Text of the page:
Late one summer evening, a nearly full widebody headed for London is ready to pull away from its JFK gate when the final check catches a glitch in the cockpit. Mechanics run diagnostics, spot the problem and tell operations it should take no more than an hour to fix.
Ten minutes later, bad news: JFK does not have the necessary part. This plane is not leaving tonight.
Passengers must be put up, crews moved and future business is probably lost. There are also cascade effects on tomorrow’s flight back. Accountants tally nearly $200,000 in aircraft-on-ground (AOG) costs. The only way to avoid situations like this is to stock so many parts everywhere that they never run out. The exorbitant cost of that strategy is a CFO’s nightmare. So decently run airlines go through three basic steps: They estimate the costs of AOGs; model the part stocks needed to minimize them; and then buy, lease or arrange access for desired levels of stocks.
There are reasons for better execution of this process. Markets are fiercely competitive, so finding the right economic balance between AOG and stocking costs is more important than ever. Airline finances are healthy, so carriers can afford to invest in the right choice, be it part stocks or better software to make better decisions. Asset managers offer availability guarantees that may do a better job than airline stocks. To negotiate with these managers, carriers must know what they want and its exact value.
Start with AOG costs. Some carriers shortcut this step by setting a goal for technical dispatch reliability (TDR). Carriers assume AOGs are so costly, they must minimize them despite the cost.
That is a rigid rule, and ignores wide variation in AOG costs. AOGs can cancel flights or delay them for a couple of hours. Early morning AOGs throw off schedules for the rest of the day—late domestic AOGs do not. Aircraft size, load factor and passenger mix affect AOG costs. And AOGs can happen at any airport.
Experts recommend operations staff sit down with financial staff and marketers to estimate the costs of some typical AOGs. There are some general rules for estimating costs. For passenger airlines, fare revenue is not lost since passengers are rebooked on other flights. But cargo carriers may lose all revenue if cargo is not delivered on time. That is one reason cargo carriers tend to keep spare aircraft more frequently than passenger airlines. In the EU, there are penalties for delays, and these costs count.
Costs for overnight delays include meals, transport and accommodations for passengers. Extra crew costs are determined by labor agreements. Mechanics require overtime to deal with AOGs, and expedited-shipping costs are incurred. Marketers use intent-to-repurchase models to estimate future business lost due to the AOG experience of passengers.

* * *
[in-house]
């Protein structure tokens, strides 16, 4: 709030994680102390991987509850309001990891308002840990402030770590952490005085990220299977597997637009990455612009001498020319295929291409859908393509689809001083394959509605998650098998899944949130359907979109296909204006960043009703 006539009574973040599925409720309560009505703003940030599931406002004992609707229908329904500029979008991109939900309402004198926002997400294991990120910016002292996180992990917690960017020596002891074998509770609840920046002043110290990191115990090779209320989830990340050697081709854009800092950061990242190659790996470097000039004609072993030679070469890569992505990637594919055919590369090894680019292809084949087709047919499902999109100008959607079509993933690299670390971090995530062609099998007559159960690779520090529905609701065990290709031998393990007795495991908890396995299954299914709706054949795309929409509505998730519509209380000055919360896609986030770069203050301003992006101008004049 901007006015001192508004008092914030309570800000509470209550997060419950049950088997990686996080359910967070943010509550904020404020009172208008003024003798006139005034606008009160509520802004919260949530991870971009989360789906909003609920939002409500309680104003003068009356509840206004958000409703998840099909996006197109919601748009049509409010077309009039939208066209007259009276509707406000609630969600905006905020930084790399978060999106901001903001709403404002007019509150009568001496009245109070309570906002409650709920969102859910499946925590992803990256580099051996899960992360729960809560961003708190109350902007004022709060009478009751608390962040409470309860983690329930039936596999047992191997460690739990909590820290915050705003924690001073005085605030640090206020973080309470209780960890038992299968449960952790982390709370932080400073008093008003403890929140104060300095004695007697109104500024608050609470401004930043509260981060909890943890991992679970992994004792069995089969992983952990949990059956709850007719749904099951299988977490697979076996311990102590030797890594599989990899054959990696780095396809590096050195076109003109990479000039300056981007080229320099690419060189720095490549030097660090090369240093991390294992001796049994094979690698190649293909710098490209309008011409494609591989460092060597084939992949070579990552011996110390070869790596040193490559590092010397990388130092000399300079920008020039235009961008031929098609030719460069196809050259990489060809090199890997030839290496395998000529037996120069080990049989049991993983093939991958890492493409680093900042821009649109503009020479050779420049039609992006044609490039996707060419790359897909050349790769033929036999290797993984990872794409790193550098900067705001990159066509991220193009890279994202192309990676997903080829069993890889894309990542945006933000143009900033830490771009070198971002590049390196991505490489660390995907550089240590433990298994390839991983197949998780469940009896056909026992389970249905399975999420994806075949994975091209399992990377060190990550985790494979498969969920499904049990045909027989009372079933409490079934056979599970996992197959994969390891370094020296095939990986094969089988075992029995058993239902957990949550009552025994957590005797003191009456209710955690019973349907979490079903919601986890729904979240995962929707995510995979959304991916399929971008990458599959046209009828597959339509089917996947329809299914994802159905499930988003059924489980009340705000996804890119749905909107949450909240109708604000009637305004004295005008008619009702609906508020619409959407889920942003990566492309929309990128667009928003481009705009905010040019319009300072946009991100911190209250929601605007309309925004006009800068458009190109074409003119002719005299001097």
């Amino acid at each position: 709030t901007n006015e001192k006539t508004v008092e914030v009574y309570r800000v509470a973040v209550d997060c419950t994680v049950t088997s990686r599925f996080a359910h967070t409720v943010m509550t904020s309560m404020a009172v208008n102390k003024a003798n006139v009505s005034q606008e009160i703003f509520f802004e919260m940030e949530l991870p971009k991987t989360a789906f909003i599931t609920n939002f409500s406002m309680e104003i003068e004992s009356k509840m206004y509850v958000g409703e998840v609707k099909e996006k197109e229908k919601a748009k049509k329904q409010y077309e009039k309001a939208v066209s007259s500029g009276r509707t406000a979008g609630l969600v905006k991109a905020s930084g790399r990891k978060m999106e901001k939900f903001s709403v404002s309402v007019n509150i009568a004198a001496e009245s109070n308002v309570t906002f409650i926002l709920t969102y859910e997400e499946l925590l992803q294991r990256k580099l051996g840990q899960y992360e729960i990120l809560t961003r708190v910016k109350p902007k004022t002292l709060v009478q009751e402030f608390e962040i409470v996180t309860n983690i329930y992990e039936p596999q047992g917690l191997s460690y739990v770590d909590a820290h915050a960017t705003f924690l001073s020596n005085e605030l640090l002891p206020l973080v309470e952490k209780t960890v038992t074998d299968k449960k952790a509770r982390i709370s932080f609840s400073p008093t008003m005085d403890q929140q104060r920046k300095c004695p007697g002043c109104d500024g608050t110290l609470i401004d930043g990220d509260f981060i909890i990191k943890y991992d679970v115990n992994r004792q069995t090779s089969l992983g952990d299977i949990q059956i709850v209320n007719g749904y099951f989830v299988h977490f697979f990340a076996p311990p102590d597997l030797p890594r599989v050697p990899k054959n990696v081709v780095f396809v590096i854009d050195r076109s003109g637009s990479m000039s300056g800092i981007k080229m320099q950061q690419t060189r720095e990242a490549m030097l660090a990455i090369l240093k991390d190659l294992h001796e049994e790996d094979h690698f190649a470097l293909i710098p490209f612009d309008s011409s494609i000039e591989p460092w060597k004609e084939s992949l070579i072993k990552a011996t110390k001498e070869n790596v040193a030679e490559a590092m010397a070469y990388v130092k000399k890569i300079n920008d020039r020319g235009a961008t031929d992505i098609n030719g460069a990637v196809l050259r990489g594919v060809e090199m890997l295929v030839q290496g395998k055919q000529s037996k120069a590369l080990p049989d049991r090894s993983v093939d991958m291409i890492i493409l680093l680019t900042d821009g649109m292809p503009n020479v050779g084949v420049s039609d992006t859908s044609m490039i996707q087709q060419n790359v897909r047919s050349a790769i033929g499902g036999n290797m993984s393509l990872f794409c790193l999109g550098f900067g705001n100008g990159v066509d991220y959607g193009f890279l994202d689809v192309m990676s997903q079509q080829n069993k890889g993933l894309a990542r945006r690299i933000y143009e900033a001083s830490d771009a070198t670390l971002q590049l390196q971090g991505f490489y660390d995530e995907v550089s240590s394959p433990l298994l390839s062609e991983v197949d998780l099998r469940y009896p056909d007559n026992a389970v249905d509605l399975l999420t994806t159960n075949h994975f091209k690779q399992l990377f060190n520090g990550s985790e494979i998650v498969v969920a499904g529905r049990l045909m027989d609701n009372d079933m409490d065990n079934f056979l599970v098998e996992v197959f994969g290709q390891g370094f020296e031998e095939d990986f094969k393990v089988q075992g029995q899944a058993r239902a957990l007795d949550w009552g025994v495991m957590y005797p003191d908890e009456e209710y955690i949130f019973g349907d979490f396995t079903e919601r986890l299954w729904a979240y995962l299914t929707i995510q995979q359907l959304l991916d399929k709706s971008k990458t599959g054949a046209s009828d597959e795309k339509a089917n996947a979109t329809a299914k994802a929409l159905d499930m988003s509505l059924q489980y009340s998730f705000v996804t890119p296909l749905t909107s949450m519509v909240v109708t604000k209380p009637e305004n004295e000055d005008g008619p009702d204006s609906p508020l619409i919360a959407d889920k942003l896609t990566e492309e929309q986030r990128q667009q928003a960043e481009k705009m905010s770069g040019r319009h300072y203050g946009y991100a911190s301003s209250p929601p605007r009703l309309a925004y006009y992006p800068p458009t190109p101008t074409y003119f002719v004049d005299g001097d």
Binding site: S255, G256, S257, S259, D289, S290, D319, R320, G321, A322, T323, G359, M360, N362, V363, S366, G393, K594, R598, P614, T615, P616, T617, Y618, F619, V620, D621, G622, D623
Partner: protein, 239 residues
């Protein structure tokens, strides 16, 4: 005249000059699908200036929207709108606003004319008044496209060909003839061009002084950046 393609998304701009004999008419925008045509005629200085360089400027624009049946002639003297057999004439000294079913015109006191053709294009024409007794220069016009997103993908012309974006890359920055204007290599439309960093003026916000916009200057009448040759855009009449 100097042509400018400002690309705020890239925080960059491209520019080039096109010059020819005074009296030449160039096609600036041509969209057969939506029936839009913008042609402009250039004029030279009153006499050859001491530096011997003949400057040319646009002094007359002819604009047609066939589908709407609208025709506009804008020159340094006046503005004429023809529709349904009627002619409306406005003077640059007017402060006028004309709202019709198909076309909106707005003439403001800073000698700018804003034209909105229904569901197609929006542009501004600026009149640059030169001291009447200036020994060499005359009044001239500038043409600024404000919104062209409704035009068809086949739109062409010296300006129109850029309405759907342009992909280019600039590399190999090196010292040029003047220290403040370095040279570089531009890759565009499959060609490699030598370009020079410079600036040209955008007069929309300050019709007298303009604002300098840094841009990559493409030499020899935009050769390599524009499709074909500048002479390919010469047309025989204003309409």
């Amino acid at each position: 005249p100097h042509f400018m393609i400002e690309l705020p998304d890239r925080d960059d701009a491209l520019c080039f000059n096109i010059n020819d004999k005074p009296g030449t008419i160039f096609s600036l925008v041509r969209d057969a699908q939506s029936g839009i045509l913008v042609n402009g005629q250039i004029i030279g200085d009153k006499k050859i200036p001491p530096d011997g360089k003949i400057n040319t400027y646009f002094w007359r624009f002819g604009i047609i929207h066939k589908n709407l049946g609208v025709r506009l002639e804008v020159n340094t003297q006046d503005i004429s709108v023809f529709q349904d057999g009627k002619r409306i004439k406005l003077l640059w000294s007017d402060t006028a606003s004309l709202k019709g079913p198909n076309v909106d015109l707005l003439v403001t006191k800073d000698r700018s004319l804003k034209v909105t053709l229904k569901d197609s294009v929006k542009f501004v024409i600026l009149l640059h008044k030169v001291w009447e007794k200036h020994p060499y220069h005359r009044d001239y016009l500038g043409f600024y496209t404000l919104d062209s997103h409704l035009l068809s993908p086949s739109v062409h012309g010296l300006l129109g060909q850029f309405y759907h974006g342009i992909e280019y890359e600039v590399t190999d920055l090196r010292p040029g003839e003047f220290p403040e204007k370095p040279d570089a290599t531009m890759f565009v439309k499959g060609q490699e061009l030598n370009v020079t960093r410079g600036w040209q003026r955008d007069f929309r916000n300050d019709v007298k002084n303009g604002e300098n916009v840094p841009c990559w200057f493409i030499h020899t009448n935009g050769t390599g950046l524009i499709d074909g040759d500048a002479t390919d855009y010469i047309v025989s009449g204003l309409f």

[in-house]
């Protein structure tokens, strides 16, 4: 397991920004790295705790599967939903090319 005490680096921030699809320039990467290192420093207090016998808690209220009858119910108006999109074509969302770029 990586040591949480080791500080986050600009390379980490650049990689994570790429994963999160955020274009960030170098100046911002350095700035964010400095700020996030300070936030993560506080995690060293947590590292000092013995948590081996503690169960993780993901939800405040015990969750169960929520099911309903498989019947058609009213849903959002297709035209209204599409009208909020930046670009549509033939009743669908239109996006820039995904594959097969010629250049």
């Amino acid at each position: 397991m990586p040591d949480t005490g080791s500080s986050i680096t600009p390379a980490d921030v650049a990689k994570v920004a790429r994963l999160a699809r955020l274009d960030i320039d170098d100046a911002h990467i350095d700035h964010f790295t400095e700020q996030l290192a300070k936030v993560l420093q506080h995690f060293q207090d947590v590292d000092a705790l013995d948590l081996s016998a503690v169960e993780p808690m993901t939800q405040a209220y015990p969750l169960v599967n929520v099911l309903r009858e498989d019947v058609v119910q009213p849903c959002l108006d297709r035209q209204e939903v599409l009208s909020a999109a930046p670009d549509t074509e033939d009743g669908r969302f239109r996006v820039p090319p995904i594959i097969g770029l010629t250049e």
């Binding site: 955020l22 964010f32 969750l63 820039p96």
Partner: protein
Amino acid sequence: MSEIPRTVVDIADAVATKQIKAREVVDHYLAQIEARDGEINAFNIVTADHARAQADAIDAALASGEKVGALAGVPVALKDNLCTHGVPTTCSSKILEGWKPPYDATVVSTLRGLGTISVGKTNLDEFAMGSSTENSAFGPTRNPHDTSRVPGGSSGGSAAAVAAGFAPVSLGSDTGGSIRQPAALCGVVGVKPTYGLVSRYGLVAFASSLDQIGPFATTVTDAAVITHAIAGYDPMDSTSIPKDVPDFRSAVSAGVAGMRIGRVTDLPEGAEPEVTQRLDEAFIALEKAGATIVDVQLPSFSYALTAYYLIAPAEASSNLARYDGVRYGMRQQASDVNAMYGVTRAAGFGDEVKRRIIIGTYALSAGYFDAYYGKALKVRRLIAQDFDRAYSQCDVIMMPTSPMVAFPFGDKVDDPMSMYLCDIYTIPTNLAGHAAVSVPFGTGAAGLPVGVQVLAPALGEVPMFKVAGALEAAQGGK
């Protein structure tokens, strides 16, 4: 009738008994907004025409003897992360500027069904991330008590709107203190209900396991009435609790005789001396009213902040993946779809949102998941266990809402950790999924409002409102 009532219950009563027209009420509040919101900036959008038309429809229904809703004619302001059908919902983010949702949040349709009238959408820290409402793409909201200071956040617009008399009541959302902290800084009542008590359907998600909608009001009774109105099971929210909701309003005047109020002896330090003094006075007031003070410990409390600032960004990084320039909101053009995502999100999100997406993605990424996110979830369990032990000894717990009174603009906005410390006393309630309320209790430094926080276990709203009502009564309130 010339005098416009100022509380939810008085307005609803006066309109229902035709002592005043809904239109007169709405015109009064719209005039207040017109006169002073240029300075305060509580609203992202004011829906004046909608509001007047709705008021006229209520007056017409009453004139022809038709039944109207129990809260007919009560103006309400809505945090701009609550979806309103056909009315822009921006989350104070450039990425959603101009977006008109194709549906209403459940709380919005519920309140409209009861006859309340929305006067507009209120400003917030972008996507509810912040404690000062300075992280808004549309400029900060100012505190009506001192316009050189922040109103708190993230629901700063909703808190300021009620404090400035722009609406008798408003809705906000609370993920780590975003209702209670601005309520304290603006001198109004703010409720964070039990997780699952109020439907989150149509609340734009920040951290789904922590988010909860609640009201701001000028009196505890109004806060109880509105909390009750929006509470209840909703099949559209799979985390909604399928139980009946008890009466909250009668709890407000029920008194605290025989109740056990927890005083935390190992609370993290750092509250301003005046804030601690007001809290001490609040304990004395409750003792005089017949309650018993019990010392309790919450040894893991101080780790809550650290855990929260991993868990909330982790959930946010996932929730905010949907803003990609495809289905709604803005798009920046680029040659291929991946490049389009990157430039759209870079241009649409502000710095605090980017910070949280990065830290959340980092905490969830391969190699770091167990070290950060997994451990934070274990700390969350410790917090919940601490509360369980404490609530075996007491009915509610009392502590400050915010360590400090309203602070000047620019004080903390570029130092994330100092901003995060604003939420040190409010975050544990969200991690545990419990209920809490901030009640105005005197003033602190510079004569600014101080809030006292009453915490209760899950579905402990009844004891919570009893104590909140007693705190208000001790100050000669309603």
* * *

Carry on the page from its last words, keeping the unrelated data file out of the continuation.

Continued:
Fuel, landing and other variable costs are excluded, because these costs are avoided in cancellations and incurred at normal levels in delays.
Finally, cascade effects—including all the above costs on the rest of the schedule—should be included. The results are a series of “what if” costs for AOGs of varying severity and conditions. Most major carriers compute solid AOG estimates, but small or start-up airlines may not.
Airlines must then estimate the probability of occurrence for each kind of AOG. This starts with the reliability of no-go parts, Category 1 on the minimum-equipment list, whose malfunction grounds aircraft immediately.
For parts an airline flies extensively, internal reliability engineers should have robust data. For newer parts, original equipment manufacturer (OEM) estimates may be useful, and OEMs often guarantee reliability for new components. Conversation with peer airlines may help, as can the Reliability Exchange of Airline Data International (READI) web-suite. The aim is to obtain the largest sample of relevant reliability data on each part.
The next step is to translate AOG costs and probabilities into a profile of part needs and required levels of part stocks. Traditionally, this has been done with Required Spare Provisioning List (RSPL) models.
RSPL practice varies widely in completeness and sophistication. Not all airlines use RSPL, notes David Marcontell, president of TeamSAI. Some airlines use RSPL only for initial stocks. Other airlines lack time to compile a thorough RSPL for new aircraft, or do not know where these will operate.
The RSPL model determines likely part demands by airport and recognizes transport time, since AOGs will occur and stocks will be kept at particular airports. RSPL combines reliability metrics for no-go parts and flight frequency to estimate part needs at each line station. Marcontell says passenger airlines typically want parts available 95% of the time they are needed. That works out to 99.5% TDR across the system. Cargo carriers seek TDR closer to 100% because of exorbitant AOG costs.
Major carriers have enhanced traditional RSPL with other systems to make estimates more accurate, detailed and useful. There are also a new generation of inventory-planning systems that go well beyond traditional-RSPL capabilities.
Armac Systems’ Rotable Inventory Optimization Systems (RIOsys) plans both rotable and consumable inventories for airlines and MROs. “About 60% of part numbers may be used less than three times a year, but not having it can ground an aircraft,” summarizes CEO Micheal Armstrong. “We focus on optimizing how many to hold, how many to repair and what service level to seek and then how to execute this optimized plan day to day.”